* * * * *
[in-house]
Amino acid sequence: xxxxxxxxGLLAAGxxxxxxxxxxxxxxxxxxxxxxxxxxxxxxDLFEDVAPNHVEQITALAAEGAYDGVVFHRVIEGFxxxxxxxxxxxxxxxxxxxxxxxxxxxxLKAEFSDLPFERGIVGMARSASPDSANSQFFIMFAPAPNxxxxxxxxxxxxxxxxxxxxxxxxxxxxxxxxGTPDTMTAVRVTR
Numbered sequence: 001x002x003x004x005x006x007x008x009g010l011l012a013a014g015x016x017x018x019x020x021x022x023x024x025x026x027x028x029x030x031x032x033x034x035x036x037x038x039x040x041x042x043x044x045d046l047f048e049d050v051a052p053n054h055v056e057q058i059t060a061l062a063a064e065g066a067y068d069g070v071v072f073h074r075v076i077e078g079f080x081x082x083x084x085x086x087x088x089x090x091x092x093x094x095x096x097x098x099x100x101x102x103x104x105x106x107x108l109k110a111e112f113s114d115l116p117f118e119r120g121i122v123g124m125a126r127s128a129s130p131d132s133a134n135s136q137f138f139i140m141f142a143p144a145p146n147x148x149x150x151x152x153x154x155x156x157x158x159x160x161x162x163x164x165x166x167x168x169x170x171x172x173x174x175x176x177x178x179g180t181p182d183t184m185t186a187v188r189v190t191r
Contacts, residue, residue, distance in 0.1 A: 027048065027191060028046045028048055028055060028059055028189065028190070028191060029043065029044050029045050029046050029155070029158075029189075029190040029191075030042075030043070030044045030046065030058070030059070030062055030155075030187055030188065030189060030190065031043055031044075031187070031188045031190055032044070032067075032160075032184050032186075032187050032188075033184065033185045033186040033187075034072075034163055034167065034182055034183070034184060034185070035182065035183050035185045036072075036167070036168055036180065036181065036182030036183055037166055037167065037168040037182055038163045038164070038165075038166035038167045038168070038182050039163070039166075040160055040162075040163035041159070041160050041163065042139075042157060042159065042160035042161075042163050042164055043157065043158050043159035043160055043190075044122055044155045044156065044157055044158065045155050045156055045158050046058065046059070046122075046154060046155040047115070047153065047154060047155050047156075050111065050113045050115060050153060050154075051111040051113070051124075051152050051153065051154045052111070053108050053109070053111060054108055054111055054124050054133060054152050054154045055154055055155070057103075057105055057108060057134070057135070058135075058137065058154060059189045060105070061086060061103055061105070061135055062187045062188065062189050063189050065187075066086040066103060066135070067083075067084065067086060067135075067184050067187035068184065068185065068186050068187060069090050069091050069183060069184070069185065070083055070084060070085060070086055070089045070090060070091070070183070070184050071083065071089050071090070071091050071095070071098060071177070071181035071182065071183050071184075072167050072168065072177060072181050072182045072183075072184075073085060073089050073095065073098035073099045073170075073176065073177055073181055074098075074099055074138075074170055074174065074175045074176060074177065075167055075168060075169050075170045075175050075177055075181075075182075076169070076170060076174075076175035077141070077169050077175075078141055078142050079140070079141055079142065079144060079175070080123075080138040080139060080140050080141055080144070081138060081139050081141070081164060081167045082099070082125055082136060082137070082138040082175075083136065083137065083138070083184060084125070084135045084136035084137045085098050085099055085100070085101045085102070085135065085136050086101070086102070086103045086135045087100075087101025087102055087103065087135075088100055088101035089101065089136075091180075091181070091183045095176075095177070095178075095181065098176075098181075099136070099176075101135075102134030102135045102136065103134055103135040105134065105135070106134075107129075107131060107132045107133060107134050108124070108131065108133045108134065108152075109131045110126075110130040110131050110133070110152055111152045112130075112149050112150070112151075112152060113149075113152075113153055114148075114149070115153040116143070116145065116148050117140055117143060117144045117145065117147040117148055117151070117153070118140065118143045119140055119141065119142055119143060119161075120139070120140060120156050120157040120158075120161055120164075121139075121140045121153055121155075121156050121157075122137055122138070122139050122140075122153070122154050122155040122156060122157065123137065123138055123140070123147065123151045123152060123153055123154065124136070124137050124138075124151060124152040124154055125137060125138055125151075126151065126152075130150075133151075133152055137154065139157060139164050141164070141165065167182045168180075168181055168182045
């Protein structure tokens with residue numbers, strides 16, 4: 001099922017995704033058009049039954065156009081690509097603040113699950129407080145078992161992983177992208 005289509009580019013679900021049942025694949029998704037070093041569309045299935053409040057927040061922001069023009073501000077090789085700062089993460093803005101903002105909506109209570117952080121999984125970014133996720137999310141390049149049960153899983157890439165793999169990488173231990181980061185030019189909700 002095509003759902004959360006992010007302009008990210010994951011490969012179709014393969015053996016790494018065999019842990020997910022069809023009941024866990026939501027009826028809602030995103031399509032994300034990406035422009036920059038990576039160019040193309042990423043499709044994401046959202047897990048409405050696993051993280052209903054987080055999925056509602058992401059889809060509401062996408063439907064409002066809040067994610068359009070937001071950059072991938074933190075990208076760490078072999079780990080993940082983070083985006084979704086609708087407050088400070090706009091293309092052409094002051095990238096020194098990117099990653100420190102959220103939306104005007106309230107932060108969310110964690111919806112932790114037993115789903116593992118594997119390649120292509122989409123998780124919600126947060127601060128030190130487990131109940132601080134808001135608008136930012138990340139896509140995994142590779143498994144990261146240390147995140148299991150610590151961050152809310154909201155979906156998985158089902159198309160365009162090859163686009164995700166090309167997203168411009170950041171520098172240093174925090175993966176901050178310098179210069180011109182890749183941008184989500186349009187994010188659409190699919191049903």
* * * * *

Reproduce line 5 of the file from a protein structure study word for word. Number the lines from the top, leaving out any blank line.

């Protein structure tokens with residue numbers, strides 16, 4: 001099922017995704033058009049039954065156009081690509097603040113699950129407080145078992161992983177992208 005289509009580019013679900021049942025694949029998704037070093041569309045299935053409040057927040061922001069023009073501000077090789085700062089993460093803005101903002105909506109209570117952080121999984125970014133996720137999310141390049149049960153899983157890439165793999169990488173231990181980061185030019189909700 002095509003759902004959360006992010007302009008990210010994951011490969012179709014393969015053996016790494018065999019842990020997910022069809023009941024866990026939501027009826028809602030995103031399509032994300034990406035422009036920059038990576039160019040193309042990423043499709044994401046959202047897990048409405050696993051993280052209903054987080055999925056509602058992401059889809060509401062996408063439907064409002066809040067994610068359009070937001071950059072991938074933190075990208076760490078072999079780990080993940082983070083985006084979704086609708087407050088400070090706009091293309092052409094002051095990238096020194098990117099990653100420190102959220103939306104005007106309230107932060108969310110964690111919806112932790114037993115789903116593992118594997119390649120292509122989409123998780124919600126947060127601060128030190130487990131109940132601080134808001135608008136930012138990340139896509140995994142590779143498994144990261146240390147995140148299991150610590151961050152809310154909201155979906156998985158089902159198309160365009162090859163686009164995700166090309167997203168411009170950041171520098172240093174925090175993966176901050178310098179210069180011109182890749183941008184989500186349009187994010188659409190699919191049903």